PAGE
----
mu·se·um | \ myu̇-ˈzē-əm
Merriam-Webster dictionary definition: an institution devoted to the procurement, care, study, and display of objects of lasting interest or value
We spent a day this week at the Sonoran Desert Museum, which, while devoted to the preservation of objects of lasting value, has an interesting concept of what “objects” are. It’s really more like what we’d expect from a zoo/botanical garden than a traditional museum.
The grounds of the “museum” are untouched desert wilderness, with the exception of identification signs beside some of the vegetation, and the walking path itself with its warnings to stay ON the path. Although various rodents, coyotes, and javelinas might cross the path (mostly at night) apparently rattle snakes prefer to stay on the desert floor.
The site even incorporates a large living natural cave complete with dripping stalactites, along with a more traditional mineral exhibit.
We observed several animals native to this part of Arizona: pudgy javelinas, a feeding black bear, a majestic mountain lion (all pictured below),
plus well-camouflaged lizards, rattlesnakes (safely behind glass!), a pair of Mexican lobos (wolves)….
… and BIRDS!!!
Arizona is known for having lots of hummingbirds, which love to feed on cactus blooms, but it’s hard to get photos of them in the wild. Not only are they tiny and fast, but it’s really hard to sneak up on a cactus! An enclosure with available food and enough room to allow for these very territorial birds to maintain their own personal space makes for terrific photo ops. (That said, Ted has gotten a few pretty great pics as we walked along the Rillito River near where we are staying.)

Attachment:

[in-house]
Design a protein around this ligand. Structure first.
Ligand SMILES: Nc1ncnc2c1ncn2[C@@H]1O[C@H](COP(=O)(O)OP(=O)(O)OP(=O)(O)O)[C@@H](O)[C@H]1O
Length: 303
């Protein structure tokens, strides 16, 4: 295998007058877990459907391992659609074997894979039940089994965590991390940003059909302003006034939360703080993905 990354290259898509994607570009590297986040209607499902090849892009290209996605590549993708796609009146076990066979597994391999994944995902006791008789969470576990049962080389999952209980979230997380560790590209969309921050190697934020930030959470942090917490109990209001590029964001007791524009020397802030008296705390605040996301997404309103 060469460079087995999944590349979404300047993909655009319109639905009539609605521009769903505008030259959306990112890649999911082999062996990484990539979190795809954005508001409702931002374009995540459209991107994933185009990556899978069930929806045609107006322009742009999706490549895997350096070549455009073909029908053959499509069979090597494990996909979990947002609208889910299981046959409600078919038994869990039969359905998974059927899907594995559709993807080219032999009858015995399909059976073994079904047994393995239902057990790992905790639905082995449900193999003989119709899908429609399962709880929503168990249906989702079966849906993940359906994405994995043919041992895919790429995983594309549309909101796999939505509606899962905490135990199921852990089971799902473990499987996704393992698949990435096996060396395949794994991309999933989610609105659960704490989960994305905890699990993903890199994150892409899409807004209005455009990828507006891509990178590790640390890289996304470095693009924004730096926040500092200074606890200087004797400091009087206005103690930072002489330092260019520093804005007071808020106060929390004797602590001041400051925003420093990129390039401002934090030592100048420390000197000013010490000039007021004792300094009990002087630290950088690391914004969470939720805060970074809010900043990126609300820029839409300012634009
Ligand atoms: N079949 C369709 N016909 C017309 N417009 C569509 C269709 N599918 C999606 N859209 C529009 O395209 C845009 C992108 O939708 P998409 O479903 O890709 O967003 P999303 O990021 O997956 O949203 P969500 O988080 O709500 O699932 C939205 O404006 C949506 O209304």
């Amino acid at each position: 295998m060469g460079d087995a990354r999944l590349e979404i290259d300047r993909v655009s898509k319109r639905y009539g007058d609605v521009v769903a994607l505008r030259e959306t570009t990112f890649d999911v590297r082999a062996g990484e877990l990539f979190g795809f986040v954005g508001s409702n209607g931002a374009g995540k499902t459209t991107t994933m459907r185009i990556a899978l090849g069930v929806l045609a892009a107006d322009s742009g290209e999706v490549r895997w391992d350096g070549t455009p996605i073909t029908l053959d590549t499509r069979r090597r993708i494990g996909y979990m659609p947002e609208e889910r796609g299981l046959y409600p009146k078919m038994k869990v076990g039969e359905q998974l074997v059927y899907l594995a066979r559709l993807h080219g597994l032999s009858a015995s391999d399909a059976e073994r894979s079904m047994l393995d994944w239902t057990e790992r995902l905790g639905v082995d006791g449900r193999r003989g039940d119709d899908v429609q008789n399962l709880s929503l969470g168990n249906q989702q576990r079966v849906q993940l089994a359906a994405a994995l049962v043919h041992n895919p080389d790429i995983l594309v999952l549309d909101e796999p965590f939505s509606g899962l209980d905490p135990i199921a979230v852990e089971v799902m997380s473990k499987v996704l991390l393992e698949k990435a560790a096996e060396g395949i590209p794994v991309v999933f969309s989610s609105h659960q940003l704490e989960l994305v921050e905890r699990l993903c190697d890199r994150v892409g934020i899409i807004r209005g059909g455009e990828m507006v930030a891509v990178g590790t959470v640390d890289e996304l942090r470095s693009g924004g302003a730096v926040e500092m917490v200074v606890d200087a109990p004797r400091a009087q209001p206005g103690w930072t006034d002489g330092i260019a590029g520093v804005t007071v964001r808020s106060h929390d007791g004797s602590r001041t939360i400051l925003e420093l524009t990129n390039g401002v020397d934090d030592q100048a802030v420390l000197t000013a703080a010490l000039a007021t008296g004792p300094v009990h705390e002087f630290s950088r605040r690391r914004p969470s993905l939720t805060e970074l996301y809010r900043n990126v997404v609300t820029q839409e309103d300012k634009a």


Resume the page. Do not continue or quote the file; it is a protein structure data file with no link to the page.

Not only is there a hummingbird pavilion, and a walk-through aviary, but we got to take in an absolutely amazing display of raptor free-flight. The magnificent Harris’s Hawks flew so low that the wind from their wings ruffled my hair! In addition, there was a gorgeous Gray Hawk (aka Mexican Goshawk), a stunningly beautiful male Barn Owl, and a Peregrine Falcon (the fastest member of the animal kingdom on earth, clocked at 240 mph/385 kph when diving downward on its prey). It was fascinating to hear about how these birds are trained using 100% positive reinforcement in an environment where they could fly away any time they want to – and yet they don’t!
The Harris’s Hawks were particularly interesting because of the dynamics within their hunting groups. There is a real “pecking order” (pun intended). Groups range from 4 to 7 birds with the leader always being the female, who is also the biggest bird in the group. Next comes her mate (the alpha male), then the beta male, who is an unrelated bird; he lives and hunts with the group, but does not mate with the female unless the alpha male dies. The remaining birds are offspring of the matriarch. In this group, birds 4 and 5 were both males.
The pecking order is evident in who eats first (always the female and any fledglings), but also in how they perch: if there is more than one bird on a cactus or in a tree, the higher ranking bird always sits highest, and the others below it in their “order”. We watched as the beta male landed on a tall saguaro and was fairly quickly – but gently – moved off by the alpha male. Their handler told us that occasionally two or more of the males will tussle over a choice bit of food, but when they do, the female simply flies down and inserts herself between them. No further action needed. If only it were as easy for human moms!!
Once again, we learned something new by visiting a new place.
Bottom line: one of the liveliest “museums” we’ve ever visited!